Background to Cognitive Muscular Therapy

Current physiotherapy approaches for managing knee osteoarthritis pain focus on muscle strengthening exercises. However, there is a large amount of research showing that people with knee osteoarthritis over activate their knee muscles during daily activities. This muscle overactivity will increase the pressure on the joint, accelerate cartilage degeneration and is likely to increase knee pain. In addition, people with knee osteoarthritis often have pain-related beliefs, such as pain catastrophising, which may make their pain worse. Importantly, research into chronic musculoskeletal pain suggests a link between such negative pain-related beliefs and muscle overactivity.

The aim of Cognitive Muscular Therapy is to raise awareness of the muscular control of posture and movement and to reduce muscle overactivity. It is based on a theoretical framework in which knee muscle overactivity is viewed as a biomechanical compensation for increased passive stiffness (or muscle shortening) in the hip/trunk muscles. This can result from sedentary behaviours. The framework also integrates the idea that pain-related beliefs will shape the pain experience and may influence muscle overactivity. Through a set of five sequential components, patients are guided through an individualised programme in which they learn to improve muscle coordination and to change the way they think about and react to pain.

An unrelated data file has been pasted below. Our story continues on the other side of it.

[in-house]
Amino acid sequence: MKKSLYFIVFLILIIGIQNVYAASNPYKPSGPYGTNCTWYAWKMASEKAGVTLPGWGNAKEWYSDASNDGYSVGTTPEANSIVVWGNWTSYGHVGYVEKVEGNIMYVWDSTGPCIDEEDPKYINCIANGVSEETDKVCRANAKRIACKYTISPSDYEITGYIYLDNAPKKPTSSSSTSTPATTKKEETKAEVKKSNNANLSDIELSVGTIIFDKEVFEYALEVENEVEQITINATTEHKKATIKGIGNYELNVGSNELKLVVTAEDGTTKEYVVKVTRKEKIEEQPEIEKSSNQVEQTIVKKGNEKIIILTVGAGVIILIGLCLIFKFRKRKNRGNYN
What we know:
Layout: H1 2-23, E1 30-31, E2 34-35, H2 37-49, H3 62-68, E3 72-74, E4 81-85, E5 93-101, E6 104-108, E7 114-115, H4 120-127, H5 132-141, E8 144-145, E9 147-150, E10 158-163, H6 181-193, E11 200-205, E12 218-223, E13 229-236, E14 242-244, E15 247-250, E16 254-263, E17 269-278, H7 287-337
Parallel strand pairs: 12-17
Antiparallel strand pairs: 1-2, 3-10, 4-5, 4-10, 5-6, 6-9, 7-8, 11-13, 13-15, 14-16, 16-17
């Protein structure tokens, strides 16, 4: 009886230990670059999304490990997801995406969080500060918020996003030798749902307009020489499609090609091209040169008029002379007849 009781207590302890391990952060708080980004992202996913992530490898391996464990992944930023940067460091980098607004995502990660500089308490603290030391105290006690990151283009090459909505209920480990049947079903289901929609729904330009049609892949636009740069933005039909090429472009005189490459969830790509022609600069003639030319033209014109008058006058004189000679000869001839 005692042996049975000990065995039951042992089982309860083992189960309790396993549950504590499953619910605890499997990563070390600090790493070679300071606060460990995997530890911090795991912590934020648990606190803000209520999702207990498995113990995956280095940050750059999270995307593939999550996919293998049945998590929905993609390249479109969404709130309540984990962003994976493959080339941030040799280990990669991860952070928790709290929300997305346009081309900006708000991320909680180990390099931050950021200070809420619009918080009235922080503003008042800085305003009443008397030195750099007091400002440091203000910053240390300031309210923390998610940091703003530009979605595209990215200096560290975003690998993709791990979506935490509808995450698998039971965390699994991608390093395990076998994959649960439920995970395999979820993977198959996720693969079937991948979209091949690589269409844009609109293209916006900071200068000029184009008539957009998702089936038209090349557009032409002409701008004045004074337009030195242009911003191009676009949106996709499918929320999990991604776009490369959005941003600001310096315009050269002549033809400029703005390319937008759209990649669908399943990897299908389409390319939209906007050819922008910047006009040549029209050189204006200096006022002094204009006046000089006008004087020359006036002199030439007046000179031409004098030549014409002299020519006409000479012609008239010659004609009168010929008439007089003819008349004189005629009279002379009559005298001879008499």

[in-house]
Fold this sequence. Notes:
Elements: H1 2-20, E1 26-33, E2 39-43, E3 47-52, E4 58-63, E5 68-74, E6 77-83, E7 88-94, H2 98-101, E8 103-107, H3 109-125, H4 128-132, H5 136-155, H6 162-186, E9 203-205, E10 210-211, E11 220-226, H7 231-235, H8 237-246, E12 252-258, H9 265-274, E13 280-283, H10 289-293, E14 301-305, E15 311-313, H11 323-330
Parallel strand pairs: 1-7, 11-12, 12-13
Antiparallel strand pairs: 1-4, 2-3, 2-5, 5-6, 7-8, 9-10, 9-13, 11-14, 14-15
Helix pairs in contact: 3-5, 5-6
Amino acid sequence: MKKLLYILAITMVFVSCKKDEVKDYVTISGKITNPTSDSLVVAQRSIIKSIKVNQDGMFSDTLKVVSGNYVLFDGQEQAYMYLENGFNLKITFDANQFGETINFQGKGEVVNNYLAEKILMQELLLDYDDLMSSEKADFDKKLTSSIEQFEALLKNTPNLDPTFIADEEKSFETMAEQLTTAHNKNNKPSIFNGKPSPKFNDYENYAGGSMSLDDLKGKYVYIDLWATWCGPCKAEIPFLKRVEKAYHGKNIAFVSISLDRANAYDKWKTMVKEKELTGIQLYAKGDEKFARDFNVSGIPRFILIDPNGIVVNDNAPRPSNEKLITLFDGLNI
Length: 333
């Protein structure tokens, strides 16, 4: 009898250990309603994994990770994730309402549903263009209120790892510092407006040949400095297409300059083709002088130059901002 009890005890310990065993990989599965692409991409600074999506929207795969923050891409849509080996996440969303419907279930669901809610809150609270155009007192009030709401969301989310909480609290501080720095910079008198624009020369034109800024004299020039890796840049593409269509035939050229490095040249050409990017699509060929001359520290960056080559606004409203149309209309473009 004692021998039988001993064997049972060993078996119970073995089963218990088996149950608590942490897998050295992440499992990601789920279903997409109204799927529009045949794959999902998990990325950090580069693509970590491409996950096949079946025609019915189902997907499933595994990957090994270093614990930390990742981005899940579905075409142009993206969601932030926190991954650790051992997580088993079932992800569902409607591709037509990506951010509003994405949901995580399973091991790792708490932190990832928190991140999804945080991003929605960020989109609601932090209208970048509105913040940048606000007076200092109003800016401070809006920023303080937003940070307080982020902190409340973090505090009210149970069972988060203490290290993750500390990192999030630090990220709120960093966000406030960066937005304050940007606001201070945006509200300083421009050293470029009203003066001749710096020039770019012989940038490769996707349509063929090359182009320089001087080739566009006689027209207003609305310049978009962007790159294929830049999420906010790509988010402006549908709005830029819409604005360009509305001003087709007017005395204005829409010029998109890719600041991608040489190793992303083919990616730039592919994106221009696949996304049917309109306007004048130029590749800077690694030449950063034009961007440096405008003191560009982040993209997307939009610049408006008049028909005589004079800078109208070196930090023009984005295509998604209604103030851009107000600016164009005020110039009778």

Cognitive Muscular Therapy (CMT) is a new type of psychologically informed physiotherapy. While psychological techniques are becoming part of standard practice, CMT is novel because it uses biofeedback to raise consciousness of muscle overactivity related to pain expectations. CMT is also novel because of the holistic framework in which overactivity of the knee muscles is linked to alterations in postural muscle activity. While there are some parallels between CMT and muscle imbalance physiotherapy, CMT does not incorporate any muscle strengthening. Instead, patients are provided with experiential learning of how to stand and move with less muscle overactivity and to integrate these new motor patterns into everyday life.